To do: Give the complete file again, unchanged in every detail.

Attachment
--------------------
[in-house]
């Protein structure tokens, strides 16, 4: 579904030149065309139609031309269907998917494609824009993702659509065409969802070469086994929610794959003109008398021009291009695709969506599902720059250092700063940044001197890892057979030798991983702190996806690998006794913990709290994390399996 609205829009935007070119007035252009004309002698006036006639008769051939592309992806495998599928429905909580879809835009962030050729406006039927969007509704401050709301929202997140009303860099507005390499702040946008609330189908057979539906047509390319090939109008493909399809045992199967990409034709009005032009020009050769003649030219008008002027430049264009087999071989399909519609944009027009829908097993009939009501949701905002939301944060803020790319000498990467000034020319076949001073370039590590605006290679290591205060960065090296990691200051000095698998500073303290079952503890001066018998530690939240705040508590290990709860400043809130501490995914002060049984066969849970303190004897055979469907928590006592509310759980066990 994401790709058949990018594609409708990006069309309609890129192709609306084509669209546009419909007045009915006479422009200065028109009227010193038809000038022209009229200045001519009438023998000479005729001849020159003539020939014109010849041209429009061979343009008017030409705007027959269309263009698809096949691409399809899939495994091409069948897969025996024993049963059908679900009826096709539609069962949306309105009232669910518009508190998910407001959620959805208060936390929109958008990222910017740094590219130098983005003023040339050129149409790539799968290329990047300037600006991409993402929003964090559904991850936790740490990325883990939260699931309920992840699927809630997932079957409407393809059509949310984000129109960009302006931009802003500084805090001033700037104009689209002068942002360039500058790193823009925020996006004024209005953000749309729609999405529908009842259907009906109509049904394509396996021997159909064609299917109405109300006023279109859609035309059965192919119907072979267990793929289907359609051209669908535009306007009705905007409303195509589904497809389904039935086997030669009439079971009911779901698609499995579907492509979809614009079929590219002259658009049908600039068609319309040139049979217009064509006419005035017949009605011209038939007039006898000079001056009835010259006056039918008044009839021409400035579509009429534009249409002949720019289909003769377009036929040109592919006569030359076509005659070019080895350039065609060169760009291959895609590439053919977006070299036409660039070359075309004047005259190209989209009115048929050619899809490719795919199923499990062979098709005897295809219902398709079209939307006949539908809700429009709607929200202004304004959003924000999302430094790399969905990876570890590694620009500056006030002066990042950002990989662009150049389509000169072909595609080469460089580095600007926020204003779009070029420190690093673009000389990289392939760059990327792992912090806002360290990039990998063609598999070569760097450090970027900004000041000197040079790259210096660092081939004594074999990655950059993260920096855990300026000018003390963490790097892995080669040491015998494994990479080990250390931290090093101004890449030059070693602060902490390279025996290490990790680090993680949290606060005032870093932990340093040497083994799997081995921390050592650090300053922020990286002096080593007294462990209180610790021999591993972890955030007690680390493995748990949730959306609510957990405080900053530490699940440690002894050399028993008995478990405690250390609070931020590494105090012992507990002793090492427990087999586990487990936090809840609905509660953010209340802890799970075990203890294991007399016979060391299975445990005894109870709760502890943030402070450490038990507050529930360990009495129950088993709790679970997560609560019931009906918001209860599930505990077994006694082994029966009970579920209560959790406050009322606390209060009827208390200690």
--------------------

[in-house]
């Protein structure tokens, strides 16, 4: 579904030149065309139609031309269907998917494609824009993702659509065409969802070469086994929610794959003109008398021009291009695709969506599902720059250092700063940044001197890892057979030798991983702190996806690998006794913990709290994390399996 609205829009935007070119007035252009004309002698006036006639008769051939592309992806495998599928429905909580879809835009962030050729406006039927969007509704401050709301929202997140009303860099507005390499702040946008609330189908057979539906047509390319090939109008493909399809045992199967990409034709009005032009020009050769003649030219008008002027430049264009087999071989399909519609944009027009829908097993009939009501949701905002939301944060803020790319000498990467000034020319076949001073370039590590605006290679290591205060960065090296990691200051000095698998500073303290079952503890001066018998530690939240705040508590290990709860400043809130501490995914002060049984066969849970303190004897055979469907928590006592509310759980066990 994401790709058949990018594609409708990006069309309609890129192709609306084509669209546009419909007045009915006479422009200065028109009227010193038809000038022209009229200045001519009438023998000479005729001849020159003539020939014109010849041209429009061979343009008017030409705007027959269309263009698809096949691409399809899939495994091409069948897969025996024993049963059908679900009826096709539609069962949306309105009232669910518009508190998910407001959620959805208060936390929109958008990222910017740094590219130098983005003023040339050129149409790539799968290329990047300037600006991409993402929003964090559904991850936790740490990325883990939260699931309920992840699927809630997932079957409407393809059509949310984000129109960009302006931009802003500084805090001033700037104009689209002068942002360039500058790193823009925020996006004024209005953000749309729609999405529908009842259907009906109509049904394509396996021997159909064609299917109405109300006023279109859609035309059965192919119907072979267990793929289907359609051209669908535009306007009705905007409303195509589904497809389904039935086997030669009439079971009911779901698609499995579907492509979809614009079929590219002259658009049908600039068609319309040139049979217009064509006419005035017949009605011209038939007039006898000079001056009835010259006056039918008044009839021409400035579509009429534009249409002949720019289909003769377009036929040109592919006569030359076509005659070019080895350039065609060169760009291959895609590439053919977006070299036409660039070359075309004047005259190209989209009115048929050619899809490719795919199923499990062979098709005897295809219902398709079209939307006949539908809700429009709607929200202004304004959003924000999302430094790399969905990876570890590694620009500056006030002066990042950002990989662009150049389509000169072909595609080469460089580095600007926020204003779009070029420190690093673009000389990289392939760059990327792992912090806002360290990039990998063609598999070569760097450090970027900004000041000197040079790259210096660092081939004594074999990655950059993260920096855990300026000018003390963490790097892995080669040491015998494994990479080990250390931290090093101004890449030059070693602060902490390279025996290490990790680090993680949290606060005032870093932990340093040497083994799997081995921390050592650090300053922020990286002096080593007294462990209180610790021999591993972890955030007690680390493995748990949730959306609510957990405080900053530490699940440690002894050399028993008995478990405690250390609070931020590494105090012992507990002793090492427990087999586990487990936090809840609905509660953010209340802890799970075990203890294991007399016979060391299975445990005894109870709760502890943030402070450490038990507050529930360990009495129950088993709790679970997560609560019931009906918001209860599930505990077994006694082994029966009970579920209560959790406050009322606390209060009827208390200690």